Clearly so far this year it has not been the easiest car to drive. A car is never easy to drive, because if you drive it on the limit it is always going to be easy to spin or lock up. But this one, as soon as you get to that point when you are close to having a moment, it just goes. It’s not easy to catch.”
Lance no longer on ‘Stroll’
The opening three races of the season for Racing Point has been something of a passage of evolution for the ‘Pink Mercedes’, and Lance Stroll in particular has capitalised on the manufacturer’s greater performance – leaving behind months of F1 frustration in the dust.
Taking fourth spot in Hungary, the Canadian – whose father Lawrence owns RP F1 – took up an early passenger seat to Hamilton off the grid on Sunday, before being caught as a result of a double tyre change and both Mercedes and Red Bull’s superior engine.
Stroll however, can be mighty pleased with his early-season form and together with his number two Sergio Perez are building the foundations to challenge for podium places in their second season together.
Exchanging fourth and seven finishes over the past fortnight, the 21-year-old Montreal native has moved on from his enforced retirement in the Austrian GP, and after qualifying third this weekend in Hungary has hinted at more to come.
After a string of DNFs last term, Racing Point are now are giving one of F1’s fastest-developing drivers the platform to make waves this season. Stroll is no longer making up the numbers, that is for certain.
As F1 goes into into its first week off since the season began, one particular corner of Northamptonshire is readying itself for a frenzy of socially-distanced activity as Silverstone hosts Round 4 and 5 of the campaign beginning in 11 days.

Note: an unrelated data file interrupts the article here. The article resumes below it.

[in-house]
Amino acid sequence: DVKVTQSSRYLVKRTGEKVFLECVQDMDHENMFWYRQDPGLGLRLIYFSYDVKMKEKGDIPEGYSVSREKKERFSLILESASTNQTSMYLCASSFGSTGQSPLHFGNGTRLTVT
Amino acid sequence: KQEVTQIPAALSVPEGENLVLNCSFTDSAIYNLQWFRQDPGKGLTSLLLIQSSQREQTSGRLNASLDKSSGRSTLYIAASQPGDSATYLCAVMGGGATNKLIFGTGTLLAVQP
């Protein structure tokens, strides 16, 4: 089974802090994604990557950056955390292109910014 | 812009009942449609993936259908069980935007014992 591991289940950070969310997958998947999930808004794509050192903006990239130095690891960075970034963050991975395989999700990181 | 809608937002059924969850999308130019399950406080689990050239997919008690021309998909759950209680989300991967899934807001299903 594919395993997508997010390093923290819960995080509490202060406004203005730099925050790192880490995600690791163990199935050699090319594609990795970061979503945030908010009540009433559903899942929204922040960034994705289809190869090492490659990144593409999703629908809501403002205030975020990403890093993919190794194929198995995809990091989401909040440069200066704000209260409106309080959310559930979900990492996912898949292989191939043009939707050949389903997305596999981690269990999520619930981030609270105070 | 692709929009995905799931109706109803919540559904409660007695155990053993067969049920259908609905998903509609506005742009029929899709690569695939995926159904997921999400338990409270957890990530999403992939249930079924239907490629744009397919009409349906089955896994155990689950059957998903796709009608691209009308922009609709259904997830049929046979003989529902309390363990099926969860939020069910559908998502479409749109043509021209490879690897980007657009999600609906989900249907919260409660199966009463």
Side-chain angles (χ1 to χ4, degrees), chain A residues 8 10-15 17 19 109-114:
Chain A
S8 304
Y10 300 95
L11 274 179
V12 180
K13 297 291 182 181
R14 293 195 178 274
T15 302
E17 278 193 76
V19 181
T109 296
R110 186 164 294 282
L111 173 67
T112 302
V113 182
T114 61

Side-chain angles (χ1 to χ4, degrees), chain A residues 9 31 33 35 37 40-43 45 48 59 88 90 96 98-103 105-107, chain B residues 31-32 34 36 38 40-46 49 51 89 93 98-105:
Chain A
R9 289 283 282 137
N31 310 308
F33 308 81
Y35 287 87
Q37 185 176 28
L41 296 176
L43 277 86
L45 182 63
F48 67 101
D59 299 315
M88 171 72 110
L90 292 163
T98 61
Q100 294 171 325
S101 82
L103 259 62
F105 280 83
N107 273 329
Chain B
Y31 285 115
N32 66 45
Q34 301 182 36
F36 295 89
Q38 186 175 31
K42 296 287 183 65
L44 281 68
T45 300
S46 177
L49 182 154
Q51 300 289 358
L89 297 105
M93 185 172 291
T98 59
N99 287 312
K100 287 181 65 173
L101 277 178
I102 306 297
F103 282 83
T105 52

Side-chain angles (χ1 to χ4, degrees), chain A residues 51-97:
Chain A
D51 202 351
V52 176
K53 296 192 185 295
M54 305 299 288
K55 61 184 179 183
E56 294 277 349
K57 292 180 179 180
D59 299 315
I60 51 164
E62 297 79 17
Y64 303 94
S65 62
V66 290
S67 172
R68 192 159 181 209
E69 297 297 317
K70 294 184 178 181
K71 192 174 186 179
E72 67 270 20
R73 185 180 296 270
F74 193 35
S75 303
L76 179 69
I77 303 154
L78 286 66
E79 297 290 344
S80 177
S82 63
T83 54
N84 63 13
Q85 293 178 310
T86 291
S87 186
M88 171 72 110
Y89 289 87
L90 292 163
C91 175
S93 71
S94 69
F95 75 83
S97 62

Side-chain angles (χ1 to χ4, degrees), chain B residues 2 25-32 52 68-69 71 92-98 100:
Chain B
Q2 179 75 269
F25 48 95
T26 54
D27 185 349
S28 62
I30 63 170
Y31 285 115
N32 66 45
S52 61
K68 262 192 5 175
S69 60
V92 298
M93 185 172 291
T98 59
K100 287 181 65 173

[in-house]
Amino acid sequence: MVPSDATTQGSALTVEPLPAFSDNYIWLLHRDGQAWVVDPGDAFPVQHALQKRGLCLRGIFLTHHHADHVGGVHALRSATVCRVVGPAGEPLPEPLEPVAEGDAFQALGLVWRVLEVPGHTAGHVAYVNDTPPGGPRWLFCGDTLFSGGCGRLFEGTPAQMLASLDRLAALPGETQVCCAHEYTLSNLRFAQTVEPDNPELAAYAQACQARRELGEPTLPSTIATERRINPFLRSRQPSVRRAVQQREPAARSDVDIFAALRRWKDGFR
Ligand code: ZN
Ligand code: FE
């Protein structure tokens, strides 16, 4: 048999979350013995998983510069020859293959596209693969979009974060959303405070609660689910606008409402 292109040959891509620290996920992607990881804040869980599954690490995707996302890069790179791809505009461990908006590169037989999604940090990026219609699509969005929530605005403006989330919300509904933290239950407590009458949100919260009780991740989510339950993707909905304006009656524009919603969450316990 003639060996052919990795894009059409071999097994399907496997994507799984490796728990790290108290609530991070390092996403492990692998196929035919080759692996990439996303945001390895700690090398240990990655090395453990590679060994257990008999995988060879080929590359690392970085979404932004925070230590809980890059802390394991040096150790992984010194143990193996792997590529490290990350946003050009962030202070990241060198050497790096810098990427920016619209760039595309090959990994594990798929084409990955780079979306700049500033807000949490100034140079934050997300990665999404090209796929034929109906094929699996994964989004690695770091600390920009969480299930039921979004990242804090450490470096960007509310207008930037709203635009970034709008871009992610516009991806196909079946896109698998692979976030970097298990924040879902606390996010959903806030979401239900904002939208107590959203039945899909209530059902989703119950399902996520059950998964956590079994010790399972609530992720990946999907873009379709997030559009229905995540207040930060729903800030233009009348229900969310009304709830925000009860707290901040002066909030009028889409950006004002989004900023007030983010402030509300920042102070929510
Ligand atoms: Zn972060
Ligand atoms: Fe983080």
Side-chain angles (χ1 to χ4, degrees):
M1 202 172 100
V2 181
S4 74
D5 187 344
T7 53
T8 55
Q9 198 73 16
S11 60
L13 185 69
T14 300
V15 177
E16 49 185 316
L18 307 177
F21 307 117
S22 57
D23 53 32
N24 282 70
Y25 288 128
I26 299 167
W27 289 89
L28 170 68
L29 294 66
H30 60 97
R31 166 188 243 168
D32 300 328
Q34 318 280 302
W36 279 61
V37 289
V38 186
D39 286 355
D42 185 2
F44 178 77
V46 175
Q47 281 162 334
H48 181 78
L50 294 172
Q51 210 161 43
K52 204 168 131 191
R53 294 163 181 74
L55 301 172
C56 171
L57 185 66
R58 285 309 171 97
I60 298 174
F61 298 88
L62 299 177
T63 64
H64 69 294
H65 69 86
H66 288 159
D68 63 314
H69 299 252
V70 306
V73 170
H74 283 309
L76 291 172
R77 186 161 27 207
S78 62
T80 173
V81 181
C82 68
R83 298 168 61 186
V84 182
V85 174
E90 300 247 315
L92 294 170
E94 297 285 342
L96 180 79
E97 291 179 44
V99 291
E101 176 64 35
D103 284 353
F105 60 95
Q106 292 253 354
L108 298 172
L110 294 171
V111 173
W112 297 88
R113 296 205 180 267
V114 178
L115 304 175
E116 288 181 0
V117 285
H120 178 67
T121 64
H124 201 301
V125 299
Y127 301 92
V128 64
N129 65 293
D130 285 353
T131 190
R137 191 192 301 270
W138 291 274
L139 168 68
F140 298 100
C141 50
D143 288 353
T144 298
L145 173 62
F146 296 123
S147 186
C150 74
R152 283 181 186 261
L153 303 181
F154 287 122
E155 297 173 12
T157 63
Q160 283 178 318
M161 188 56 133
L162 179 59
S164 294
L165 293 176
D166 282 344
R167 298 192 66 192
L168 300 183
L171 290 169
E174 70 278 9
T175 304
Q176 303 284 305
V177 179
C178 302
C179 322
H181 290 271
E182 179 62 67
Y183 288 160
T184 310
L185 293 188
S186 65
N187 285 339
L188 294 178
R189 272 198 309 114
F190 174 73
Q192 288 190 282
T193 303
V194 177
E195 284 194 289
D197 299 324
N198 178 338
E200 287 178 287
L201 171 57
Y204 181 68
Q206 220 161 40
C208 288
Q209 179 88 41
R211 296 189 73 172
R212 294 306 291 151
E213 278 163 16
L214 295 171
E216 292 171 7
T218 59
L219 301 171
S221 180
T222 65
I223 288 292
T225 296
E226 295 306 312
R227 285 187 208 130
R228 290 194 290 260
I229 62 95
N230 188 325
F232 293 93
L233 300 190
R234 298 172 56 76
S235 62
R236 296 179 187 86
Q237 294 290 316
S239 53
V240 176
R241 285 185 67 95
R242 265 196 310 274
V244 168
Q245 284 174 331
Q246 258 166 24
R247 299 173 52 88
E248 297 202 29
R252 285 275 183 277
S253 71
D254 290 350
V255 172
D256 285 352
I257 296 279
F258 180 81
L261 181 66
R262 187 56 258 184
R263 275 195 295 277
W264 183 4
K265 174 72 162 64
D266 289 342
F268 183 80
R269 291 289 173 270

Whilst the British Grand Prix keeps its’ place as one of the jewels of the British sporting crown, its’ celebratory 70th running the weekend after will again test the paddock’s growing reliability issues.
Often characterised by tents, hot dogs and swathes of mud, Silverstone will look a very different venue for racers in the coming fortnight, and car performance will be as certain as the British summer weather.
Though Hamilton will be eyeing the chance for an unprecedented and glorious two weeks, even the Mercedes has struggled in the cooler conditions in recent years. That and the yet-untested off period for all the teams involved, will give hope for two weekends of of greatly unpredictable and thrilling sport to come.
The 2020 British Grand Prix takes place at Silverstone between 31 July and 2 August.
[table “ADTPW” not found /]
Follow Britwatch - Sport in General, Brits in Particular!
We may receive compensation for products purchased via affiliate links on this website
Privacy & Cookies Policy
Necessary cookies are absolutely essential for the website to function properly. This category only includes cookies that ensures basic functionalities and security features of the website. These cookies do not store any personal information.
Any cookies that may not be particularly necessary for the website to function and is used specifically to collect user personal data via analytics, ads, other embedded contents are termed as non-necessary cookies. It is mandatory to procure user consent prior to running these cookies on your website.